What does it mean to be "hacked?" | Arkansas Blog

What does it mean to be "hacked?"

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An Arkansas Representative recently falsely accused the Arkansas Times of "hacking" (some people merely made comments critical of her on her public Facebook page) so we thought we'd take this opportunity to educate and inform. The term gets thrown around a lot, but what exactly is it?

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Hacking is the breaking-and-entering of the digital world. Your digital “home” may be your bank, your social profile, or your email account. The techniques hackers use are sometimes basic and sometimes astoundingly complex, but understanding either side of it requires some basic knowledge of the internet in general.

Digital vocabulary


One of the most fundamental aspects of the internet is the humble IP address. They typically look something like “192.145.422.12” and act just like your home address. This number is the physical address of your computer. Search Google for, “what’s my IP?” and you’ll immediately be able to see yours.

IP addresses often change, though, and aren’t always a reliable way of accessing another server or computer. We needed a system which would allow us to remember friendly names like “Facebook.com” instead of a long series of numbers. These friendly names are called domain names.

Domain names are what we typically type into the address bar. Google.com, Facebook.com, Youtube.com – all domain names. The end result, however, needs to be an IP address because that’s the actual, physical address of the computer or server you’re trying to access.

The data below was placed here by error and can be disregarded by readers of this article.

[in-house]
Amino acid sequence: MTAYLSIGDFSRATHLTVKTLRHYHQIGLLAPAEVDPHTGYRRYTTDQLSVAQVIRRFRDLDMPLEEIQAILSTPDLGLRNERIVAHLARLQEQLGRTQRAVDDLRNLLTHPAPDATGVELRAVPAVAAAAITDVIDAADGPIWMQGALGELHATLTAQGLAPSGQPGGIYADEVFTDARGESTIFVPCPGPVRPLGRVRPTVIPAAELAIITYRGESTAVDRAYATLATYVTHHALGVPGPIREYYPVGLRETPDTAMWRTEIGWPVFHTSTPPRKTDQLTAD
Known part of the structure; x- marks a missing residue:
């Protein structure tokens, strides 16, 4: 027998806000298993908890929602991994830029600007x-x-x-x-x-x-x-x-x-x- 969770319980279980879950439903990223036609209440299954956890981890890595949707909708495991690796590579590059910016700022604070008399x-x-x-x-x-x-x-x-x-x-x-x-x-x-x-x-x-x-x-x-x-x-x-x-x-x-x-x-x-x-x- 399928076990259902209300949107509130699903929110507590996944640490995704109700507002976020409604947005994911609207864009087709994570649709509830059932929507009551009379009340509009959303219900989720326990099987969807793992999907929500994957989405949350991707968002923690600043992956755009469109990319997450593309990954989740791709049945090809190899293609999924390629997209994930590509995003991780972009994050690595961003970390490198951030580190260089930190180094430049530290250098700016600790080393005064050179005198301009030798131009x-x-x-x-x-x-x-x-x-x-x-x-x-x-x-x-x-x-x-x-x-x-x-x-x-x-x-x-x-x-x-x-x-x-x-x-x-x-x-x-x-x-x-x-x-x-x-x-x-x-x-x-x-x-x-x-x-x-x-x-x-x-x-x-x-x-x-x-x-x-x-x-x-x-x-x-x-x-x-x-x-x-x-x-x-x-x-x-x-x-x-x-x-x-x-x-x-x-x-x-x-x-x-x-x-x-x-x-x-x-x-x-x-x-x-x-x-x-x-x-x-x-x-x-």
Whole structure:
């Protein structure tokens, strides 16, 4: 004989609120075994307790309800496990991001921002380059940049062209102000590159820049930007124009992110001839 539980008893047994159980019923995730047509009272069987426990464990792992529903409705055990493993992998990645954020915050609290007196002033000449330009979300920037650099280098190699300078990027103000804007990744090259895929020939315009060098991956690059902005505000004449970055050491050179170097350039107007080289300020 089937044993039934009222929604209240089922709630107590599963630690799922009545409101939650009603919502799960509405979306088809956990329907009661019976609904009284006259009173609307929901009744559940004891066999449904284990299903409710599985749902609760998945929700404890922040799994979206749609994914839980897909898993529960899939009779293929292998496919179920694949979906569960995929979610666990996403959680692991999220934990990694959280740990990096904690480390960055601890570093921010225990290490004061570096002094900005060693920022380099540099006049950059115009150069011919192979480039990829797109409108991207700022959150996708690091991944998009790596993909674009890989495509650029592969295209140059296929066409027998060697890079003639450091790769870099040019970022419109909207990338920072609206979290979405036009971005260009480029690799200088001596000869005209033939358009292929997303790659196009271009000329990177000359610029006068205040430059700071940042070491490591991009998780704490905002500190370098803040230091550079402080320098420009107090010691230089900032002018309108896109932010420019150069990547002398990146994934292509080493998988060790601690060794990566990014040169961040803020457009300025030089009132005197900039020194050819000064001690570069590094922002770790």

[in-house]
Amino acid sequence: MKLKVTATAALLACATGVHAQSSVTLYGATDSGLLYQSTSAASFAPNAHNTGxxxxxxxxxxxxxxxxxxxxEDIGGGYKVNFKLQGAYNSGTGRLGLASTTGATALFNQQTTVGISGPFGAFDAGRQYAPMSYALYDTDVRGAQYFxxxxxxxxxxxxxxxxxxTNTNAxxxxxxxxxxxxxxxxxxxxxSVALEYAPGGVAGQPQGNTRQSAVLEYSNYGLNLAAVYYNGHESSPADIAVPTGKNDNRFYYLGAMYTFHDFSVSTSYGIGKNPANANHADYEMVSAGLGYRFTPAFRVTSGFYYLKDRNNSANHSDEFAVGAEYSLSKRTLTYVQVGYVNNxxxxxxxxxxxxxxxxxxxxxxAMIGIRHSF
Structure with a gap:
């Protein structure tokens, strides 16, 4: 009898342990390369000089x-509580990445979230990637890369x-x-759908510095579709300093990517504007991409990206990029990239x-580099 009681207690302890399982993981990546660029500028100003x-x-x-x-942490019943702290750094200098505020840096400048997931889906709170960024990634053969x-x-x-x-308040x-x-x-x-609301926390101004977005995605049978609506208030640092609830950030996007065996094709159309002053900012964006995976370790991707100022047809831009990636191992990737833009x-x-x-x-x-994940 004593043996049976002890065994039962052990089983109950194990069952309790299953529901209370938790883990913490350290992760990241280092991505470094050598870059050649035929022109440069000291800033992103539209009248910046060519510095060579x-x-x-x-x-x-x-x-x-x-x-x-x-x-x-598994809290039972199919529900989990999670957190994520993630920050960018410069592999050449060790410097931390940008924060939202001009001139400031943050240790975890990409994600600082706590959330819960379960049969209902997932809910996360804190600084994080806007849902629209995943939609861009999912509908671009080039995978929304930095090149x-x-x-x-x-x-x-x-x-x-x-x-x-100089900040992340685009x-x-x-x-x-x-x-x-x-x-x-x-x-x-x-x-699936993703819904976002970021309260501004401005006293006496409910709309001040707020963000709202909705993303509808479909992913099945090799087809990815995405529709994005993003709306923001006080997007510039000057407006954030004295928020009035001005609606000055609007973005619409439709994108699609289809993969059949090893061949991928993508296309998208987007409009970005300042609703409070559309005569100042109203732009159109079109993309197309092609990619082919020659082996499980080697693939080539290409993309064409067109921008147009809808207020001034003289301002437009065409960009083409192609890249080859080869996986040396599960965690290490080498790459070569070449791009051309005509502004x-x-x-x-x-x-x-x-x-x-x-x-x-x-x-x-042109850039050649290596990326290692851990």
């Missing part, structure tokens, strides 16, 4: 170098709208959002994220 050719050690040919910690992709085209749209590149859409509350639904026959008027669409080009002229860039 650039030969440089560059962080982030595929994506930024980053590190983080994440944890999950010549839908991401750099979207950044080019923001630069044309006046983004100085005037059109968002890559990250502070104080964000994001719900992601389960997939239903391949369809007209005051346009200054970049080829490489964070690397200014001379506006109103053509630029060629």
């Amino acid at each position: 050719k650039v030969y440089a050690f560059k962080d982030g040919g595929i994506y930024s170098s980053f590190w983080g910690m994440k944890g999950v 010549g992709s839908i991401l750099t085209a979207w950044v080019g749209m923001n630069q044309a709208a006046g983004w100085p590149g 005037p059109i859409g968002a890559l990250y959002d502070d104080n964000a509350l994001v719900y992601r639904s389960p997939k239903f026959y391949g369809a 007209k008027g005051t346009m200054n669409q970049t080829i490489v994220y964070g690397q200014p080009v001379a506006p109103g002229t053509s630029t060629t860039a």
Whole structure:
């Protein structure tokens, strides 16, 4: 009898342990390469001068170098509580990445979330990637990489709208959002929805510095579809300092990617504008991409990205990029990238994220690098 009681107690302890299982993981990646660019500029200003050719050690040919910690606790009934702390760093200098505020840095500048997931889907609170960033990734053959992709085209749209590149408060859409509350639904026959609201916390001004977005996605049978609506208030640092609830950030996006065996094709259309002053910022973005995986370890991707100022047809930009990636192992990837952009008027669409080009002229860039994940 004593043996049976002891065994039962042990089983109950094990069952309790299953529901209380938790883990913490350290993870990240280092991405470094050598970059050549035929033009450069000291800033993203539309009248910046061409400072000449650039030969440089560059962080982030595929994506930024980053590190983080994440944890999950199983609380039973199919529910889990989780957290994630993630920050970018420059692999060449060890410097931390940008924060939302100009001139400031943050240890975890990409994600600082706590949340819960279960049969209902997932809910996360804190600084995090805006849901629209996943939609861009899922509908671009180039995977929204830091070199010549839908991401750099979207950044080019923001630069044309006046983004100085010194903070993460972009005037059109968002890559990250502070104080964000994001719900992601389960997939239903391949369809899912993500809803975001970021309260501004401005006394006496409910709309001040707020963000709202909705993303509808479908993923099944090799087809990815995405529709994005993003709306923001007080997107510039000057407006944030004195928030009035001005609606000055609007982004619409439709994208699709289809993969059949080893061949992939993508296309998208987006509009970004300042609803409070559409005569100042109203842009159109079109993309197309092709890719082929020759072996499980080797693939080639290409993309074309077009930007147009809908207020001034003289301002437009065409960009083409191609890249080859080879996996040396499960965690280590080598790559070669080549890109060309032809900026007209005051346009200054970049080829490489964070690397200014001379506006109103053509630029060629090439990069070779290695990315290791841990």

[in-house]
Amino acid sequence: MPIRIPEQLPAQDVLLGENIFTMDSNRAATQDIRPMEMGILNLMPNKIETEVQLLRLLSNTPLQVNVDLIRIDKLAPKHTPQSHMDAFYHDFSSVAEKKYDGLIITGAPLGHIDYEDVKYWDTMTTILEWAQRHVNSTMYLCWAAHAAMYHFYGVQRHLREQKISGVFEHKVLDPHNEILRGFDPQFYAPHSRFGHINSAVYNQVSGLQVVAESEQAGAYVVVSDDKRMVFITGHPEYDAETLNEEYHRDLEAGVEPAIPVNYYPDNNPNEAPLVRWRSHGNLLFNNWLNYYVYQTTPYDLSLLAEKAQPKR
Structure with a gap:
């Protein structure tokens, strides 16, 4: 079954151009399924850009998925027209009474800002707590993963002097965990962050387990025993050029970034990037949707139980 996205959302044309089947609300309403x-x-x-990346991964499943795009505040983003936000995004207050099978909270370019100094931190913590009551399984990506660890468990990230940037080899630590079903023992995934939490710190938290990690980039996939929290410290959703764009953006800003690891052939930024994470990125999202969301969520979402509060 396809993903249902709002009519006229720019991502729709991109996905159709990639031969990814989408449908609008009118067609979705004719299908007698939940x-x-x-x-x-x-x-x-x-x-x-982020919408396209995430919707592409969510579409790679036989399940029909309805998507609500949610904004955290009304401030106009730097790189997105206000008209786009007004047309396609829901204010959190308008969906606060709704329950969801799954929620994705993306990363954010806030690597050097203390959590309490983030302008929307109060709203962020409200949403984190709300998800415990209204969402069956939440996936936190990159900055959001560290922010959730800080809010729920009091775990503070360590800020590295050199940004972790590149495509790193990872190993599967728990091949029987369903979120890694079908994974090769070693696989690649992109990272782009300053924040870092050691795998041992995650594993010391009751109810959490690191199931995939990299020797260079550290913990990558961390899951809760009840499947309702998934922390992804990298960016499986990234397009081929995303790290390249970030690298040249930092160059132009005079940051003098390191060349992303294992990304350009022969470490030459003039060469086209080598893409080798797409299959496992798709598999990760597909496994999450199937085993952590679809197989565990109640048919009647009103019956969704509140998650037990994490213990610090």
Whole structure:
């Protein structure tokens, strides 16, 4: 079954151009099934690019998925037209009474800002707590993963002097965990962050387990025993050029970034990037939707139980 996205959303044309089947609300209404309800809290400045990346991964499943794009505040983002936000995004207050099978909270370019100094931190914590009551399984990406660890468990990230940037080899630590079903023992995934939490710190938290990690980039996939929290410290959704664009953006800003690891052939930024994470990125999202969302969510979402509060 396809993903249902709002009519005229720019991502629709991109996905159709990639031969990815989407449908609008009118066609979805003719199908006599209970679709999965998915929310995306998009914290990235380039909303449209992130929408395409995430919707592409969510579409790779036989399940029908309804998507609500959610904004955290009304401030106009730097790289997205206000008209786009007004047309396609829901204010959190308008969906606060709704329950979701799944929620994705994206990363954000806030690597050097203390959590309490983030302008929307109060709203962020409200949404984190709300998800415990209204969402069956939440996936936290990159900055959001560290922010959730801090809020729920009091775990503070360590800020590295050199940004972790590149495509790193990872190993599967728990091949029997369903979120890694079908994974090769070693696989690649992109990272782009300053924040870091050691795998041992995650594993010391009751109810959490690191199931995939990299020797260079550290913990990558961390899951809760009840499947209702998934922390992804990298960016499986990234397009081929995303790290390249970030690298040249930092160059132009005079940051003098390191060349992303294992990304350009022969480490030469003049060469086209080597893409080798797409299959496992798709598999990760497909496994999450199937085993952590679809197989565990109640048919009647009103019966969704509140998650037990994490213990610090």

The Domain Name System (DNS) provides the solution. When you type and submit a domain name, it gets sent to your local DNS server where it’s used to look up the correct and corresponding IP address. “ArkTimes.com” is much easier to remember than “8.40.240.33.”

Your browser is the piece of software you’re using at the moment to read this article. Internet Explorer, Firefox, Chrome, and Safari are all browsers made by different companies, but they all do the same thing: connect to an IP address, download files, and display them.

Types of hacking


Brute Force
This one’s simple. Think of brute force hacking like someone going shoulder-first into your front door over and over until it gives. Using computers, hackers are able to automate the guessing of passwords and simple ones can be solved in minutes. The longer your password, the harder it is for a computer to “crack” it. A good password will read more like a sentence, which is why the term "passphrase" is becoming more common. An example: Several100%FloatingBoats – it would take a computer trying 1000 times per second over 500 years to crack that passphrase.

Avoid brute force attacks by changing your password often and keeping your passphrase long and complicated. Using passwords that read more like sentences will help you remember them.

Distributed Denial of Service
Also known as DDOS, these attacks are typically run against large-scale organizations or platforms. Imagine two people having a pleasant conversation…now imagine hundreds of very loud and obnoxious strangers running up and yelling in their faces. There’s no way a conversation could take place. This is what happens during a DDOS attack. A hacker (or group of hackers) targets a service like Xbox Live or Netflix and sends an immense flood of web traffic to their servers, which slows down and often cripples the platform. The Rio Olympics site sustained months of DDOS attacks last year.